It’s easy to hit a creative wall when you’re building landing pages for your audience. And sometimes, the only way to get through it is to flip through some high-quality examples.
Whether you’re new to landing pages or in desperate need of a little inspiration for your next marketing campaign, here are 4 SaaS landing pages that offer some valuable lessons.
From top to bottom, Asana’s site has all the features a solid SaaS landing page needs. The design is clean and full of white space, which helps site visitors navigate the page and focus on the important pieces of information. The graphics and images are strategically chosen to supplement the copy and guide the reader downward. And the page repeatedly points to a single CTA – decreasing distractions and increasing the likelihood of the desired conversion.
The copy on the page is also great. Right off the bat, Asana offers their core value proposition, and below it, they provide supporting points like benefits and social proof to strengthen their appeal. They then bookend the landing page with a final “free trial” call to action.
The only major drawback to this page is the layout of the benefits section. Being right next to another CTA, it creates competing visuals for the audience to focus on.
Interesting in seeing the whole landing page? Check it out here.
Shopify’s page has been shared dozens of times over the years, as a prime example of a quality landing page. But given that they’re still using it, it’s clearly doing something right.
This year, the design has been updated slightly, but it’s nonetheless gorgeous to look at. Beyond the natural color palette that uses muted greens and blues, the design is simple and clean. The margins and breaks between sections use lots of white space to keep things organized and uncluttered. And the design also uses natural curves and lines to direct the eye further down the page.
Shopify also follows landing page best practices here, by including a value proposition, benefits, social proof, and a single CTA to encourage the visitor to offer their email address and click-through to the next page.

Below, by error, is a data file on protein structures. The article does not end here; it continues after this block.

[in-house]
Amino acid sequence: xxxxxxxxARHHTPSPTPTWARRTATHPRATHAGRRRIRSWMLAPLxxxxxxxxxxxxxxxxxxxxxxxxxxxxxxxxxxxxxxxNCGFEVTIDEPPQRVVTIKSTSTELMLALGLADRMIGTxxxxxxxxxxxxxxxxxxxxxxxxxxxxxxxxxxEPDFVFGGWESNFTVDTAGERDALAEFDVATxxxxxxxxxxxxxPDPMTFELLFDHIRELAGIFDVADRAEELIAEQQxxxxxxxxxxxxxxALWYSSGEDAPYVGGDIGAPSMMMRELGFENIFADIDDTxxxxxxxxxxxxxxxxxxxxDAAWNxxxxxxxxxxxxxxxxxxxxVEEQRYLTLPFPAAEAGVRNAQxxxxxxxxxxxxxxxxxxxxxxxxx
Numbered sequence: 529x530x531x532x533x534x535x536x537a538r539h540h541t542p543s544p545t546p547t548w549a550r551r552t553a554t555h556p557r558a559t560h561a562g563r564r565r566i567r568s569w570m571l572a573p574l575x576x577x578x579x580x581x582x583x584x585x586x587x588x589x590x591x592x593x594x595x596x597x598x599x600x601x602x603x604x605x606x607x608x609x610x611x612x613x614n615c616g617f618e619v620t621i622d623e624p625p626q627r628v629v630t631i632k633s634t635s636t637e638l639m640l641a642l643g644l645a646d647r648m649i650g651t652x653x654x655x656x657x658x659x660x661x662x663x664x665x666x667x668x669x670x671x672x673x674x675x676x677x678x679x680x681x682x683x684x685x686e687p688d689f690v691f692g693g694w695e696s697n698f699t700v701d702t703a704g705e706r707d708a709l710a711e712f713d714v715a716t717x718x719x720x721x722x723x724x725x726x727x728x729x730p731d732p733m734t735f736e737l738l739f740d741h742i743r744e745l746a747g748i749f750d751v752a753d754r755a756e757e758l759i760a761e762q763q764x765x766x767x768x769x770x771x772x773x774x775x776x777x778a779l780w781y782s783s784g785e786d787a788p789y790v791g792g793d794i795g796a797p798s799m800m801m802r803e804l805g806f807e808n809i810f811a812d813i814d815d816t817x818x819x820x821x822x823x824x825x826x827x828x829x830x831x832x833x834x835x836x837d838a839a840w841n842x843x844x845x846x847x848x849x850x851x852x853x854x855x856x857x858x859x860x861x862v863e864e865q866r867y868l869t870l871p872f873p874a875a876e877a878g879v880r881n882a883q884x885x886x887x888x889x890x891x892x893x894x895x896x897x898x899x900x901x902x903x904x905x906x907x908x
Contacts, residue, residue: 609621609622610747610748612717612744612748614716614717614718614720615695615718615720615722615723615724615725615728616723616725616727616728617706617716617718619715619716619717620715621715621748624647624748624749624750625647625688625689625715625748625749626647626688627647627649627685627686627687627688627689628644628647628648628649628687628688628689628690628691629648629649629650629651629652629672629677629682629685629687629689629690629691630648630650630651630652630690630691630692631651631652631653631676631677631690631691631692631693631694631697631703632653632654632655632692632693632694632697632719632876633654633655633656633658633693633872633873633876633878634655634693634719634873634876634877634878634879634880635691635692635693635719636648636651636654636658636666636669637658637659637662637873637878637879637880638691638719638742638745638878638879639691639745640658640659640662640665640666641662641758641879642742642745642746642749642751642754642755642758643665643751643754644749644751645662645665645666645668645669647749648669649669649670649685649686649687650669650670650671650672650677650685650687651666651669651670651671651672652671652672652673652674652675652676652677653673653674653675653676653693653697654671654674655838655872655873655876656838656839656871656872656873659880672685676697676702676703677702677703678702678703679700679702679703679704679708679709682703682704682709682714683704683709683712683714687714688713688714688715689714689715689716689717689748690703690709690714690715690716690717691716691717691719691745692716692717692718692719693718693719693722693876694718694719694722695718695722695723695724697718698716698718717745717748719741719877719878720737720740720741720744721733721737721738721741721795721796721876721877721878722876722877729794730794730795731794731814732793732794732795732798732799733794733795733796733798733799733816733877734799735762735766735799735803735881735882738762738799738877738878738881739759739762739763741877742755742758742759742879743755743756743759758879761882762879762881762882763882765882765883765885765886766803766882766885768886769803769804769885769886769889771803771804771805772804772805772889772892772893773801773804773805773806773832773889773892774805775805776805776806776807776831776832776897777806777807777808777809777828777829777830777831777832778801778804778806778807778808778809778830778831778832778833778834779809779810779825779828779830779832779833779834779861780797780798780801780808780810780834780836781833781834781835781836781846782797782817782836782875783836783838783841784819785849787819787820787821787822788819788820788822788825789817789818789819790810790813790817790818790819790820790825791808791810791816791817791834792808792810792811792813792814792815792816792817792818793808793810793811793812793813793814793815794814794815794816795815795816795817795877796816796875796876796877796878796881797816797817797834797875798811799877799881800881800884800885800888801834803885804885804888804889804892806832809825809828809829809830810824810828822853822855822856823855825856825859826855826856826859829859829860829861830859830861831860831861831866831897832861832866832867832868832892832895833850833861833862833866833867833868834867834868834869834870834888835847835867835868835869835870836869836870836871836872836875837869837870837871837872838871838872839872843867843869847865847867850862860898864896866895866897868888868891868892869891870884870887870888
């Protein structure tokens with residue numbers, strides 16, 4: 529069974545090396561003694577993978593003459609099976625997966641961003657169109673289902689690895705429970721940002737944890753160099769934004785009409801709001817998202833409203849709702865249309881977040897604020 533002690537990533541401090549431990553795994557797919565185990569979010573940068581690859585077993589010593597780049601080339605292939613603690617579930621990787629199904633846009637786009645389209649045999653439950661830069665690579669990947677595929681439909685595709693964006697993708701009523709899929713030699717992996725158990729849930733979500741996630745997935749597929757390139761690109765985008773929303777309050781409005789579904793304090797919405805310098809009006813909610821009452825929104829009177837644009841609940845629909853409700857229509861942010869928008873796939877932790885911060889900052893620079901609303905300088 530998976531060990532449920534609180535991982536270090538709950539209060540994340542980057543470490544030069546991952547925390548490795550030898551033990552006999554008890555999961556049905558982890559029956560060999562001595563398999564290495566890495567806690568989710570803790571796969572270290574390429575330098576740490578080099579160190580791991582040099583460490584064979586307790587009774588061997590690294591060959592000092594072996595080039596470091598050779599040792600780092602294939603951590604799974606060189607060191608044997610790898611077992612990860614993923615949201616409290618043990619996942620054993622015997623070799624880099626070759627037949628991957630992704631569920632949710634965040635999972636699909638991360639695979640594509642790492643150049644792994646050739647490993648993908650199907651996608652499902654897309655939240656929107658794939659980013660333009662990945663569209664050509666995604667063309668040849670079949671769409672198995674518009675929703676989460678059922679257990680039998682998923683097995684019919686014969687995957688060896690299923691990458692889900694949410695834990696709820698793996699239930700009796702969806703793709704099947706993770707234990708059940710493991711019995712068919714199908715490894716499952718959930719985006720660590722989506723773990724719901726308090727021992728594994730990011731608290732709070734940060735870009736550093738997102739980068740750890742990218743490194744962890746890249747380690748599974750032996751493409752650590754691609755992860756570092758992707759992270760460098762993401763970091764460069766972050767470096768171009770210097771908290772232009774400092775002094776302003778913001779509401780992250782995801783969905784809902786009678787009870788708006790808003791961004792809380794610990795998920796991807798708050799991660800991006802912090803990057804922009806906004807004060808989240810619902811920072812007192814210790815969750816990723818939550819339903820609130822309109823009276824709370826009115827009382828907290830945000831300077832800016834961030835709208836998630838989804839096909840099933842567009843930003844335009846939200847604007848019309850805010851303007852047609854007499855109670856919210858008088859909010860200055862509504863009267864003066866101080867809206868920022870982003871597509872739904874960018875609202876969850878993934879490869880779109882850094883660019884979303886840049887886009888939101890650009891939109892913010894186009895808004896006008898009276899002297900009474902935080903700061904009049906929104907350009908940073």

Best of all, Shopify removes all the unnecessary stuff – like navigational options – so that the reader doesn’t get distracted.
Want to see the landing page in action? Check it out.
Typeform takes a bit of a unique approach to their landing page by including interactive elements. Just below the main value prop and hero text, they embed a survey, which serves as their CTA. In doing so, they give you a taste of their product and create a frictionless alternative to the standard landing page form.
While the design is great above the fold, with no navigation bar and minimal distractions, that isn’t necessarily true as you move down the page. In fact, Typeform offers six additional CTAs that viewers can select in addition to the primary CTA. Arguably, this can technically be useful as some visitors prefer a lower commitment action. However, with so many options available, the main CTA ultimately loses a little bit of its umph.
Want to have a look around this landing page? Here’s the link.
Pipedrive gets just about everything right. The navigation bar is non-existent. The value prop is clear and compelling (numbers are always a huge plus!). There’s loads of white space around the page. And the call-to-action is solid and easy to follow through on – especially with the addition of the microcopy underneath the CTA button.
The SaaS landing page takes it a step further than most others, though, by highlighting a pain point first and then following up with the solution and benefits sections.
Arguably, the smartest aspect of this landing page is the built-in comparison chart, because it eliminates the need for site visitors to leave to do more research. Everything from their price and Capterra score to their integrations and must-have features can be stacked up against any of their competitors. All visitors have to do is select one or two from the dropdown lists.
Want to see the full landing page? Click here.
Landing pages are tricky to master. You have to get the UX just right to keep your site visitors scrolling instead of bouncing. Luckily, there are a lot of SaaS landing pages out there that you can learn from before creating your own.
Want to know more about how landing pages work and what best practices to use when building one? We’ve got the details in this blog post.